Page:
Recent progress on metal–organic framework-derived materials for sodium-ion battery anodes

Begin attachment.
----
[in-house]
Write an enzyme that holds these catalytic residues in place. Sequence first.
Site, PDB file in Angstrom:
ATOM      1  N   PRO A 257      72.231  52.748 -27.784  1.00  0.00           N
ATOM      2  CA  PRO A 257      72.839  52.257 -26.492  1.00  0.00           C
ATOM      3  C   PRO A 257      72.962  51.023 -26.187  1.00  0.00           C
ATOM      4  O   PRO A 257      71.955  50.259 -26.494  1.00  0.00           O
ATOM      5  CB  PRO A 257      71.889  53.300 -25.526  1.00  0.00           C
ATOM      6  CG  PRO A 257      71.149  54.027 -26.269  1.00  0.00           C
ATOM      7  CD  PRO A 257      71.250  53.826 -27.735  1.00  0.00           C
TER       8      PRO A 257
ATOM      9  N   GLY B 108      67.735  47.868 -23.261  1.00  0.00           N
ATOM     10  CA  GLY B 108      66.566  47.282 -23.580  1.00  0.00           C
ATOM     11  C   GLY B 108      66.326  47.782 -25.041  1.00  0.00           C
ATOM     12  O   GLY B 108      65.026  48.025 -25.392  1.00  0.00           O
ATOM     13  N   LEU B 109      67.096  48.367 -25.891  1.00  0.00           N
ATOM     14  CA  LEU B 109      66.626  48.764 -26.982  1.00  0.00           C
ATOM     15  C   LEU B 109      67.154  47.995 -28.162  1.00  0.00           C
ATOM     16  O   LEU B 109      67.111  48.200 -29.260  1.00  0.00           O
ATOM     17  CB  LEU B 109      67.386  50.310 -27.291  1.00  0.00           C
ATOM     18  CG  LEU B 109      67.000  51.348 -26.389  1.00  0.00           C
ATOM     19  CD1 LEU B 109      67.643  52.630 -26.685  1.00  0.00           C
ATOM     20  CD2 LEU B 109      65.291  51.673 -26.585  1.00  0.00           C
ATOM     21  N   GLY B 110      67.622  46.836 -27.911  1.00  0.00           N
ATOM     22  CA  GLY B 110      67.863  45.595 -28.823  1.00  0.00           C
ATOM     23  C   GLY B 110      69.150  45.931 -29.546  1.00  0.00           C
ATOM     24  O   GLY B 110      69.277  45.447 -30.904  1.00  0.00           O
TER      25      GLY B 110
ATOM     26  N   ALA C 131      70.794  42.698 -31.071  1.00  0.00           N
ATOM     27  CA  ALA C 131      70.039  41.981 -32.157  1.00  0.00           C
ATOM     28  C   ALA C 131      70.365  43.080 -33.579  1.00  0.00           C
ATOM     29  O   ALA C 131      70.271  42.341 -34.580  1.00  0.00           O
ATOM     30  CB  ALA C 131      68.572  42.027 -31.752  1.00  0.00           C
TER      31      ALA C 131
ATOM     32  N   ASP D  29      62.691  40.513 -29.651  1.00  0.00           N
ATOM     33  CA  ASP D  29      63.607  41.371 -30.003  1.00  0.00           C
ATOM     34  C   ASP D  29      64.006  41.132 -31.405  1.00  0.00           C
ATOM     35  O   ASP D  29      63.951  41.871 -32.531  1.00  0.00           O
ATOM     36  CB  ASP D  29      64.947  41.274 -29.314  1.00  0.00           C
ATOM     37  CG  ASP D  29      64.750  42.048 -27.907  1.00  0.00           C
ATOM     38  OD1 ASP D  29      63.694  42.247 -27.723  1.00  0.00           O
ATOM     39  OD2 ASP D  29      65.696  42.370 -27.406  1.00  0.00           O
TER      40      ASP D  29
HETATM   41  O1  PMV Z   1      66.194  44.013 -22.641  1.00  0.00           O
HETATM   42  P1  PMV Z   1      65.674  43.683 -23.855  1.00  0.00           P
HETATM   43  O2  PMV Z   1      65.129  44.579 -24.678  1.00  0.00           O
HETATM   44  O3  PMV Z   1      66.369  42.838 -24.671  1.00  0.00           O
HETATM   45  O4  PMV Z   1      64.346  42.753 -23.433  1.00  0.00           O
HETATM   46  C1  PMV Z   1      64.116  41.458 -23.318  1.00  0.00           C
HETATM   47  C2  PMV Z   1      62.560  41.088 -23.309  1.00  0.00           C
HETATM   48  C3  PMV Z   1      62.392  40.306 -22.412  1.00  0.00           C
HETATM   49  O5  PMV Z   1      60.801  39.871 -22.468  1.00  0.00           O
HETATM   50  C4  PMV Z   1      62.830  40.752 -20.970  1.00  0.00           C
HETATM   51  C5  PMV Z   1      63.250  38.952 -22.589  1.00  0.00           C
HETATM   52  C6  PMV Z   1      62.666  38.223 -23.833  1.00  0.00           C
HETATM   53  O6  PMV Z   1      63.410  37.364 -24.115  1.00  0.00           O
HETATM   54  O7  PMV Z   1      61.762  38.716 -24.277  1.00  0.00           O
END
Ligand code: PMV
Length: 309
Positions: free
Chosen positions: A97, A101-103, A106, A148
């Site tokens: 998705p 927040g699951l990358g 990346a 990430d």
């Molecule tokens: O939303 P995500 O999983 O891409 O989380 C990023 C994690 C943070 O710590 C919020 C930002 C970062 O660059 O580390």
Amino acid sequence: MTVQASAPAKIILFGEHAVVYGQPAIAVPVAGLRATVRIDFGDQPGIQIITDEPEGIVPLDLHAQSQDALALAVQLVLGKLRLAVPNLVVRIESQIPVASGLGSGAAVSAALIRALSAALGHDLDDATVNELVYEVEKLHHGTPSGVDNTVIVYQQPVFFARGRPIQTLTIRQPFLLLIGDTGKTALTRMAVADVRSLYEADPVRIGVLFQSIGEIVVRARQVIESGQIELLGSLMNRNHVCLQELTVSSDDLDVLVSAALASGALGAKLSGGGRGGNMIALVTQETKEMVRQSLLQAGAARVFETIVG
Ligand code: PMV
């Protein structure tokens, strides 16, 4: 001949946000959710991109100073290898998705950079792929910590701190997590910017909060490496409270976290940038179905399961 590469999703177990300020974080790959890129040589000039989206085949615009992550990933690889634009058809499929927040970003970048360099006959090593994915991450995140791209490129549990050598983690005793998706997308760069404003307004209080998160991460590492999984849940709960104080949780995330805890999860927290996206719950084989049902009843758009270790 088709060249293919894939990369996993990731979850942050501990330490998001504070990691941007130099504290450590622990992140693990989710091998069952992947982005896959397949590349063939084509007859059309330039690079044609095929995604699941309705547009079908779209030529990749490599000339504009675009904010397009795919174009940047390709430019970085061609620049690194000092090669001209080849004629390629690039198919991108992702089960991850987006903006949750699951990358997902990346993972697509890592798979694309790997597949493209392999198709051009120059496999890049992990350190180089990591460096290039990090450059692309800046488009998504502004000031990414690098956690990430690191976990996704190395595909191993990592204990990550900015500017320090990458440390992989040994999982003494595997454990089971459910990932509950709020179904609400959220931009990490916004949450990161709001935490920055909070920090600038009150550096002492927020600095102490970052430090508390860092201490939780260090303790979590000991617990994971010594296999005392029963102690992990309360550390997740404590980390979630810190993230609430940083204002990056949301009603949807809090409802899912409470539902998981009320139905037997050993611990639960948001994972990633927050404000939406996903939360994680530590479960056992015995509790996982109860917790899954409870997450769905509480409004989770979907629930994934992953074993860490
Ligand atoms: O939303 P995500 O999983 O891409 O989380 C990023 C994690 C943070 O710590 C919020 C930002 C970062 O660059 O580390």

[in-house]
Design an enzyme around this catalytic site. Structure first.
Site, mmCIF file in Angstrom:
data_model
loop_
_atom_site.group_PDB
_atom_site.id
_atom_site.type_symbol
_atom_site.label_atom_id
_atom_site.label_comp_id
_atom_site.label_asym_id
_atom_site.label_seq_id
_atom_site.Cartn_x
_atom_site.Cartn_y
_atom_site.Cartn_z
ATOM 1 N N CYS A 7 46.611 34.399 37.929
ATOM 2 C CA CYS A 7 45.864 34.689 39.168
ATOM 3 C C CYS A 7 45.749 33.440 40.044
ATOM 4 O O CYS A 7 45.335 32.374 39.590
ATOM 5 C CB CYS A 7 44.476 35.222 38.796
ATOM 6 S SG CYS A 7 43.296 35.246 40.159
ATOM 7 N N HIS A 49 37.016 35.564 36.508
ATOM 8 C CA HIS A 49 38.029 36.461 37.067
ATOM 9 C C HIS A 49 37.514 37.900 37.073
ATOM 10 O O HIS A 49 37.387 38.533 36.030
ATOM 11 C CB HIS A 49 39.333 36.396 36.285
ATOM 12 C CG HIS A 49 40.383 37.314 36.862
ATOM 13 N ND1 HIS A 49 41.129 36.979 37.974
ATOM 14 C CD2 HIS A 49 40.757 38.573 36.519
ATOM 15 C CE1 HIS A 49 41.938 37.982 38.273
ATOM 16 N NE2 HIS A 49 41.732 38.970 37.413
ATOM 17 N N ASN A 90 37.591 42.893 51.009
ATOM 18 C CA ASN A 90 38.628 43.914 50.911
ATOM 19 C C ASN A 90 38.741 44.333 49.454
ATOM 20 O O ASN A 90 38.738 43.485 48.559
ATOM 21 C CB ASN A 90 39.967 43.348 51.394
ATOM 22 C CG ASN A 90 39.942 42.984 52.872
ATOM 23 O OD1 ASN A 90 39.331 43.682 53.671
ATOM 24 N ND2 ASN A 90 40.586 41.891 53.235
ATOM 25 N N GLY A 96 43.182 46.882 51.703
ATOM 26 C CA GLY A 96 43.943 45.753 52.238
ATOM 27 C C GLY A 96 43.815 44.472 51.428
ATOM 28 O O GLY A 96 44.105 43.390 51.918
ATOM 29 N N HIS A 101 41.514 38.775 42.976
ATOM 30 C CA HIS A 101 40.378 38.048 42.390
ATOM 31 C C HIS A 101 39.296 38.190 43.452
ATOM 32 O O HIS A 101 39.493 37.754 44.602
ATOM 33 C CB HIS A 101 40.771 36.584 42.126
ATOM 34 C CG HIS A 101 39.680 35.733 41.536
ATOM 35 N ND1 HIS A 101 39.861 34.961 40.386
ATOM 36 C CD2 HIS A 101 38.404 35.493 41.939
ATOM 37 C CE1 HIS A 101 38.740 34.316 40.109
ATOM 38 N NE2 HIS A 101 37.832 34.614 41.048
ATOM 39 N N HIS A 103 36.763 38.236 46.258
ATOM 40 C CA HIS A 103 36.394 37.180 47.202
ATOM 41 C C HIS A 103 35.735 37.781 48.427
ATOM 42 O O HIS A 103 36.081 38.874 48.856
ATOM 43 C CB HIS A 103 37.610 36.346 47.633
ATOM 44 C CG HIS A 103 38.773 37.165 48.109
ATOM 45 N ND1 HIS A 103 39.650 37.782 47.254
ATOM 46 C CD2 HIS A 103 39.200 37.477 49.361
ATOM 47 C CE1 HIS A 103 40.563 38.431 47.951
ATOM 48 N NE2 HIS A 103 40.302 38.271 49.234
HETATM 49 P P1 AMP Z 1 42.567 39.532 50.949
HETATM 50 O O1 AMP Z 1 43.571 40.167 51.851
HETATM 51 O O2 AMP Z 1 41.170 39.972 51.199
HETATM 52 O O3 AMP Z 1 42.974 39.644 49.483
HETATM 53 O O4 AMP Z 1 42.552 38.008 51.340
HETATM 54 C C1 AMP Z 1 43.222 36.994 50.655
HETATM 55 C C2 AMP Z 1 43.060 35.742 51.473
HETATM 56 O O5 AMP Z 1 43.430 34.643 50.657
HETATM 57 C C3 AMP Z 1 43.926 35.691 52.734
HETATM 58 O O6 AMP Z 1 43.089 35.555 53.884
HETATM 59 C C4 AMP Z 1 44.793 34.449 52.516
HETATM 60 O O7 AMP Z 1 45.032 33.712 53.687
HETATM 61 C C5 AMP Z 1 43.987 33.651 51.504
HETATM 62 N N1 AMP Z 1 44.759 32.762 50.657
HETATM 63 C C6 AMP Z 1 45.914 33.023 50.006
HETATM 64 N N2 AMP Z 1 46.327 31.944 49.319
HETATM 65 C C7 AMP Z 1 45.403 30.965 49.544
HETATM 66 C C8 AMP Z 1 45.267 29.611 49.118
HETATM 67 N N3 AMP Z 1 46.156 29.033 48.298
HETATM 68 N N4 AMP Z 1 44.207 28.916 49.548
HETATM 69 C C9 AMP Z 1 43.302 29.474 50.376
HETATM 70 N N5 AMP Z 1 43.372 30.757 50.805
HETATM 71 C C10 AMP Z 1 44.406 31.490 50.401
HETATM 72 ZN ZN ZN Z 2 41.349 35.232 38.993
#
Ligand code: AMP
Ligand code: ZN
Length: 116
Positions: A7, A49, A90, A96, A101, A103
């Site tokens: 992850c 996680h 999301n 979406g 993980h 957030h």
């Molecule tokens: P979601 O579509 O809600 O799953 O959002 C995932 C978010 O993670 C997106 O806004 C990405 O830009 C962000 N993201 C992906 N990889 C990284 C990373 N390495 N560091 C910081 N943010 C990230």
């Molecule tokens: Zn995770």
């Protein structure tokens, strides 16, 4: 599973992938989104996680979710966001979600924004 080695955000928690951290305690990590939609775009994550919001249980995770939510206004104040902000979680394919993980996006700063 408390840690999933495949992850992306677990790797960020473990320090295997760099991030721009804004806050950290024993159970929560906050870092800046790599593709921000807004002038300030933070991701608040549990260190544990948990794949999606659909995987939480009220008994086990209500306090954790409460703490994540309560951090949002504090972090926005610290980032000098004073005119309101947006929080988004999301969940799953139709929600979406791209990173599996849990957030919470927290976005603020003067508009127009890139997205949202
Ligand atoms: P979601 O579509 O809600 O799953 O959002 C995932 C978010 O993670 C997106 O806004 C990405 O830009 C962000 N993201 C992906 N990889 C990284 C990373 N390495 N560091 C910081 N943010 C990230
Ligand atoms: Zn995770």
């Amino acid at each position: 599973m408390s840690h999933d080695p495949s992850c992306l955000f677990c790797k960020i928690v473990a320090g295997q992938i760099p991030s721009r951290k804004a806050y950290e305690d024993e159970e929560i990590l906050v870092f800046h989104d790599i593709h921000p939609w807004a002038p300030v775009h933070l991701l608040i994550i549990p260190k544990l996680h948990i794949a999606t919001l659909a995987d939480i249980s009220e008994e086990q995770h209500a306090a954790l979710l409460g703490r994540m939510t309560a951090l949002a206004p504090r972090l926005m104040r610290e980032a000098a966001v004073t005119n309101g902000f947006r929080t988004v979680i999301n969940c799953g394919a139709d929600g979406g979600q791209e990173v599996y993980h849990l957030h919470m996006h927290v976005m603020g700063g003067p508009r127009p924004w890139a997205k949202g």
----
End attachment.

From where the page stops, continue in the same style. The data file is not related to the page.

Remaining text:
Metal–organic frameworks (MOFs), self-assembled by metal ions and organic ligands via coordination bonds, have been broadly reported as an ideal template or precursor to design and prepare porous nanostructured materials for battery application, due to their high specific surface areas, porous structures and large pore volumes, as well as diverse and tunable structures. Versatile nanostructures, such as carbon, metal oxide, sulfide, selenide and phosphide, have been fabricated from MOFs through pyrolysis or wet chemistry strategies, which exhibit outstanding electrochemical performances for sodium-ion batteries (SIBs) because of well-defined nanostructures inherited from the starting MOFs. In this review, recent progress on MOF-derived materials for SIB anodes is summarized. The preparation methods, structure design strategies and structure–performance relationships are briefly introduced, and some insights into the future development of MOF-derived electrode materials for SIBs are discussed.